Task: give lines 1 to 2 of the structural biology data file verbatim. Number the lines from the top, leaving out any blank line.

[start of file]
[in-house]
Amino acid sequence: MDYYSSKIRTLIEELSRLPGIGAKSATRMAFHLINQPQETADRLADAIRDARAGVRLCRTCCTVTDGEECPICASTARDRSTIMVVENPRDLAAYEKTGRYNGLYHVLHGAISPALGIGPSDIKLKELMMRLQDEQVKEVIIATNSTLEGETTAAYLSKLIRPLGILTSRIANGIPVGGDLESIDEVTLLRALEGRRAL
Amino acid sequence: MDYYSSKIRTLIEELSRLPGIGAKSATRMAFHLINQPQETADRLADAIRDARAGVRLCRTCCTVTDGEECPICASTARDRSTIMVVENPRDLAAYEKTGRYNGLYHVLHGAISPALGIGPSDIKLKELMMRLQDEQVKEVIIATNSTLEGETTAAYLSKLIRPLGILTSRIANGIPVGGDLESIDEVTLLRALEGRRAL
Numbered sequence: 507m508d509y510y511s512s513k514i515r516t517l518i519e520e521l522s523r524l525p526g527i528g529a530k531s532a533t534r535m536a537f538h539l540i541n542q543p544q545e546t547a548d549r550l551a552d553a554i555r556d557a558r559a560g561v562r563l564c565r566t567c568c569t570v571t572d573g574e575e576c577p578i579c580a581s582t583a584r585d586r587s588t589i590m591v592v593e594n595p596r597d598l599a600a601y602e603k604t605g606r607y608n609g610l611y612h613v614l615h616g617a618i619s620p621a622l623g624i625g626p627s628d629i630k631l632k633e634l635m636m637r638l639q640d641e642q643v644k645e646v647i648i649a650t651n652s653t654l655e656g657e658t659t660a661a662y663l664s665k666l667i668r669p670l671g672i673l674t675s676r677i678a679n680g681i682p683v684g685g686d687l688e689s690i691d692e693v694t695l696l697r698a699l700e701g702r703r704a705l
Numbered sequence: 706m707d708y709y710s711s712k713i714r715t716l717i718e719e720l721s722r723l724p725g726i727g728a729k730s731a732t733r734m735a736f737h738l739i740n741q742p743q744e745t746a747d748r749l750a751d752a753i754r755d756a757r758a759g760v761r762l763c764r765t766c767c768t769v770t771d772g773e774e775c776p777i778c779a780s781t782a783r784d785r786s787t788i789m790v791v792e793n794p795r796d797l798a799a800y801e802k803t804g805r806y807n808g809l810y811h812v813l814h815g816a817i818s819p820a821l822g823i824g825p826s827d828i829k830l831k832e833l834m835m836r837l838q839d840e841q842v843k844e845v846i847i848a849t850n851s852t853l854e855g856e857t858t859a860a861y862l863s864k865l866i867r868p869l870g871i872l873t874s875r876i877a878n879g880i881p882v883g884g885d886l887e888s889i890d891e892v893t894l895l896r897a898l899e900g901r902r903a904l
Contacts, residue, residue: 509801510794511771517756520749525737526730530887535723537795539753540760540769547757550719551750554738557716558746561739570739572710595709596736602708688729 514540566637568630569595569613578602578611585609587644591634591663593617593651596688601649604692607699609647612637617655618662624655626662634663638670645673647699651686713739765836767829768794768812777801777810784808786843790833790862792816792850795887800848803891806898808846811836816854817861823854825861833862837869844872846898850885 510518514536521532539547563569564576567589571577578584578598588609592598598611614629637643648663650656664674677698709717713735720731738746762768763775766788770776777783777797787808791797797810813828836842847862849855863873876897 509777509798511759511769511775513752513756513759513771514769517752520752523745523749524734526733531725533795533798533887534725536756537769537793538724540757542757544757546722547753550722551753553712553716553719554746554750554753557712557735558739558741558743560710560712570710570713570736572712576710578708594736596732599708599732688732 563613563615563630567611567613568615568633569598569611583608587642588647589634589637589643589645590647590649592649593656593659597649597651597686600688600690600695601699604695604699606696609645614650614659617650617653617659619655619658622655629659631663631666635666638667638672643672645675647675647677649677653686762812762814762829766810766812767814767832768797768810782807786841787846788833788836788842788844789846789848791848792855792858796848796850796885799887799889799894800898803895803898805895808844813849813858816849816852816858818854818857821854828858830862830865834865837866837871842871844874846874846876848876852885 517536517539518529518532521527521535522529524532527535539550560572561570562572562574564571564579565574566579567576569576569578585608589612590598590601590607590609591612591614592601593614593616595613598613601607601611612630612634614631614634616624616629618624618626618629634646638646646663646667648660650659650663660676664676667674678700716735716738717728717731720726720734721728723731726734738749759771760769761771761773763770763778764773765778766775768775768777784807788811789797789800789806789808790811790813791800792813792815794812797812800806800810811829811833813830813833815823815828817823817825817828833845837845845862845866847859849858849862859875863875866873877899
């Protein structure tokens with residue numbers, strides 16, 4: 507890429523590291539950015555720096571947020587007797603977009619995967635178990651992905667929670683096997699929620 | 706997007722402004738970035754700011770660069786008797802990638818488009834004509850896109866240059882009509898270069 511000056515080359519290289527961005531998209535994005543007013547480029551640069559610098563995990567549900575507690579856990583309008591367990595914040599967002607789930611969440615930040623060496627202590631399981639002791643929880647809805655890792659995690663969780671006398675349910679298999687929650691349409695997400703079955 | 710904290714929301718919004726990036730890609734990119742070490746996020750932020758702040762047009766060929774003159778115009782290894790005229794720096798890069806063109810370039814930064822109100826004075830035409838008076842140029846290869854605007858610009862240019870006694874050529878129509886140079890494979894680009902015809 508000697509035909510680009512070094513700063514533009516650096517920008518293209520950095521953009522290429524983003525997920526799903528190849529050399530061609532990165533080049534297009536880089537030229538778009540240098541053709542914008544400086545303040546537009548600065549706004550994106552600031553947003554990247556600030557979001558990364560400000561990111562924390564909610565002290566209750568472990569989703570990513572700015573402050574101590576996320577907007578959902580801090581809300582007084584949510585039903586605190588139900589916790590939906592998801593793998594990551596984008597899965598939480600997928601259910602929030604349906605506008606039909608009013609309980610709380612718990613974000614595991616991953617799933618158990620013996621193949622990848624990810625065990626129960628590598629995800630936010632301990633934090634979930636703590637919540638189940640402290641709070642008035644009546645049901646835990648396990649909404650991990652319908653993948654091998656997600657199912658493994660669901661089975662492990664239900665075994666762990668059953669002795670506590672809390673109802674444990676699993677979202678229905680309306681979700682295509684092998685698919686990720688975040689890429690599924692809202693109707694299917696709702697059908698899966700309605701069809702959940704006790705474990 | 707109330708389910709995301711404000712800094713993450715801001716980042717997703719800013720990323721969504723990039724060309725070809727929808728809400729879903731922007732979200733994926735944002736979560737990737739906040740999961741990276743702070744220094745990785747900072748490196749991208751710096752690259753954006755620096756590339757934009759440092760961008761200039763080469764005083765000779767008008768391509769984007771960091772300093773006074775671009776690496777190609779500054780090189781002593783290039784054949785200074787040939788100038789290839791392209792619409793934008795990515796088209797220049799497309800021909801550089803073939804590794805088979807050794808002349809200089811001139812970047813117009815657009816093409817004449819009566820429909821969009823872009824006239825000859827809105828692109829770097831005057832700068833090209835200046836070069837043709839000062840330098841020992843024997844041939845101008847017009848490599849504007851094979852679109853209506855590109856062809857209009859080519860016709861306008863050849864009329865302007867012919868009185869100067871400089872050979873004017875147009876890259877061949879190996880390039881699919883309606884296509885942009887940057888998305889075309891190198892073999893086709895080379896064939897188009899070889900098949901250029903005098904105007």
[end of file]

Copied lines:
[in-house]
Amino acid sequence: MDYYSSKIRTLIEELSRLPGIGAKSATRMAFHLINQPQETADRLADAIRDARAGVRLCRTCCTVTDGEECPICASTARDRSTIMVVENPRDLAAYEKTGRYNGLYHVLHGAISPALGIGPSDIKLKELMMRLQDEQVKEVIIATNSTLEGETTAAYLSKLIRPLGILTSRIANGIPVGGDLESIDEVTLLRALEGRRAL